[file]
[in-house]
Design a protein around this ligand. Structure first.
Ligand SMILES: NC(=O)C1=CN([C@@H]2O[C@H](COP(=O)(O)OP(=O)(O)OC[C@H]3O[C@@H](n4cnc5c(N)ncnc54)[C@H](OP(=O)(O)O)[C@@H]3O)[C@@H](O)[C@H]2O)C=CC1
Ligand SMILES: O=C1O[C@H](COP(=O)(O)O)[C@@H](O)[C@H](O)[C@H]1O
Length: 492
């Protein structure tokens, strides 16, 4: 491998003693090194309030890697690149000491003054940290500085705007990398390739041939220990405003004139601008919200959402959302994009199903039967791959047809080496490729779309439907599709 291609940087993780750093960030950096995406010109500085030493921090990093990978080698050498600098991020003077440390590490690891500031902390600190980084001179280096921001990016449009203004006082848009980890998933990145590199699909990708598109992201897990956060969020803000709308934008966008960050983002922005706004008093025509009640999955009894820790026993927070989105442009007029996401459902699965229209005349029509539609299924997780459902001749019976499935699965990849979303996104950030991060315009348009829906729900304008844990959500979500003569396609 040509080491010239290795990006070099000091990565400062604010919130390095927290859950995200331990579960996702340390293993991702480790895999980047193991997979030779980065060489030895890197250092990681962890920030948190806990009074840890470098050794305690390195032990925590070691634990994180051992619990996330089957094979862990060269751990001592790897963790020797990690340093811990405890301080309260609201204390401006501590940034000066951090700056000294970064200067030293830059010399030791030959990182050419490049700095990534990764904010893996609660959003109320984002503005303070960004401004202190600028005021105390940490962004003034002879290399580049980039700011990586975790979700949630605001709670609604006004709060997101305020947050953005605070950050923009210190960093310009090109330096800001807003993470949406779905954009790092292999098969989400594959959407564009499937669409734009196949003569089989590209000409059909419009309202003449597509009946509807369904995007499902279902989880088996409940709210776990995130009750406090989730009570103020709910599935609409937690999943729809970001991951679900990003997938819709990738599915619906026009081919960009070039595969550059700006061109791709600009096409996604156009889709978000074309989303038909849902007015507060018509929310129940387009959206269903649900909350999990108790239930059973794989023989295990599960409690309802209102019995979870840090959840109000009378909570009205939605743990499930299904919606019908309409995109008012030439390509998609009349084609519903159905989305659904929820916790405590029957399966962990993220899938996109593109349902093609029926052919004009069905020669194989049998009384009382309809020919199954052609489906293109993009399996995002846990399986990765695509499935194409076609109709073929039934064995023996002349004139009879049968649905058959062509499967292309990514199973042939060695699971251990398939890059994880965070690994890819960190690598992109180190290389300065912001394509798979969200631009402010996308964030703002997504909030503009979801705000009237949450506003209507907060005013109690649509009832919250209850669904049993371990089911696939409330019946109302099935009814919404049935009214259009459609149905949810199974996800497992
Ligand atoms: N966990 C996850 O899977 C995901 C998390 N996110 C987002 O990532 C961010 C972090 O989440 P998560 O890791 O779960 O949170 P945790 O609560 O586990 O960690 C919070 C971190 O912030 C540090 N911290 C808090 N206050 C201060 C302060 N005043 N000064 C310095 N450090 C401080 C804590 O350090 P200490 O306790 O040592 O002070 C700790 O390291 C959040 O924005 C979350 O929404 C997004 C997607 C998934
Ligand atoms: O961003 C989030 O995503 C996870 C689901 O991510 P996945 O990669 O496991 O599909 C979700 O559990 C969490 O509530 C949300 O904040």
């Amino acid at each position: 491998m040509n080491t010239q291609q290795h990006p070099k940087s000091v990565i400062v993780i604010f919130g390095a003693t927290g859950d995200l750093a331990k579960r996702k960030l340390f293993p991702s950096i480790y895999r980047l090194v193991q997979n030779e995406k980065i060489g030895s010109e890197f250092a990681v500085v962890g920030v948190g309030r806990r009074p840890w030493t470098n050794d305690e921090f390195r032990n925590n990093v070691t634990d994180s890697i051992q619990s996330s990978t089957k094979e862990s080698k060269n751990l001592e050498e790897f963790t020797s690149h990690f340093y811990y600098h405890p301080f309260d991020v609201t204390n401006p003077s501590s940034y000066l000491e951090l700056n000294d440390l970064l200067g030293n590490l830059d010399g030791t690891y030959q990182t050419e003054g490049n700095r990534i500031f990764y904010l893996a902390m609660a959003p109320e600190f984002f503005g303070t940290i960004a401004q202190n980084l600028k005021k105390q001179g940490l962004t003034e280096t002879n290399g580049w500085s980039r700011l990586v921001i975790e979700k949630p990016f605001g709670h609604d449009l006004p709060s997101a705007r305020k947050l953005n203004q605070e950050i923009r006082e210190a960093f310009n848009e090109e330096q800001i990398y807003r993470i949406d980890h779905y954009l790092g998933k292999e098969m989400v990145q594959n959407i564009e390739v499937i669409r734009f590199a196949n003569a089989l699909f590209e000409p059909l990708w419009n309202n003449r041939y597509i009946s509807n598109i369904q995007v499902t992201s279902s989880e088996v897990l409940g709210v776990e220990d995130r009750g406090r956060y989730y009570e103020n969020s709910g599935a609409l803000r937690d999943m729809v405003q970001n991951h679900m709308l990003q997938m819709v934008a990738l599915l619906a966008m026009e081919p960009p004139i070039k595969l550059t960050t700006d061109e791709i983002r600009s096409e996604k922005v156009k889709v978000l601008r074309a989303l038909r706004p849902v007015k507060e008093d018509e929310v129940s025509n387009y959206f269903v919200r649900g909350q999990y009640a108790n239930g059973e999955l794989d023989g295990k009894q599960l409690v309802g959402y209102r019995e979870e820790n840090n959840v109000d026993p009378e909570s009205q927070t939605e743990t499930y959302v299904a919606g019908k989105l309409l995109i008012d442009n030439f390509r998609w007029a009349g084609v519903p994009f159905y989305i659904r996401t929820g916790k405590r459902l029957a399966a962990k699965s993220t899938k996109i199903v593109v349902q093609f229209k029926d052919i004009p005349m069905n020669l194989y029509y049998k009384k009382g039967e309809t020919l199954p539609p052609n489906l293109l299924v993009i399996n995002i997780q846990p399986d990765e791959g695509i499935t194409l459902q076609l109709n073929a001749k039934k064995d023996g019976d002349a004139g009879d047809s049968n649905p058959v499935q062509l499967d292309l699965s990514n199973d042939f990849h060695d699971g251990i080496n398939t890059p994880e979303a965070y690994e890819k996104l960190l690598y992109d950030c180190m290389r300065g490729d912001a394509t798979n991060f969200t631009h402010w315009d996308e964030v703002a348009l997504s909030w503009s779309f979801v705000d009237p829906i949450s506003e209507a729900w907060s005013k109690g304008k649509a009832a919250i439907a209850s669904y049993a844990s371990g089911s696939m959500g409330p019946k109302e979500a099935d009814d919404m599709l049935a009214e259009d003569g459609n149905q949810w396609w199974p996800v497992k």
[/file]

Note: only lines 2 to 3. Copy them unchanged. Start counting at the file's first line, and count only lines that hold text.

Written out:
Design a protein around this ligand. Structure first.
Ligand SMILES: NC(=O)C1=CN([C@@H]2O[C@H](COP(=O)(O)OP(=O)(O)OC[C@H]3O[C@@H](n4cnc5c(N)ncnc54)[C@H](OP(=O)(O)O)[C@@H]3O)[C@@H](O)[C@H]2O)C=CC1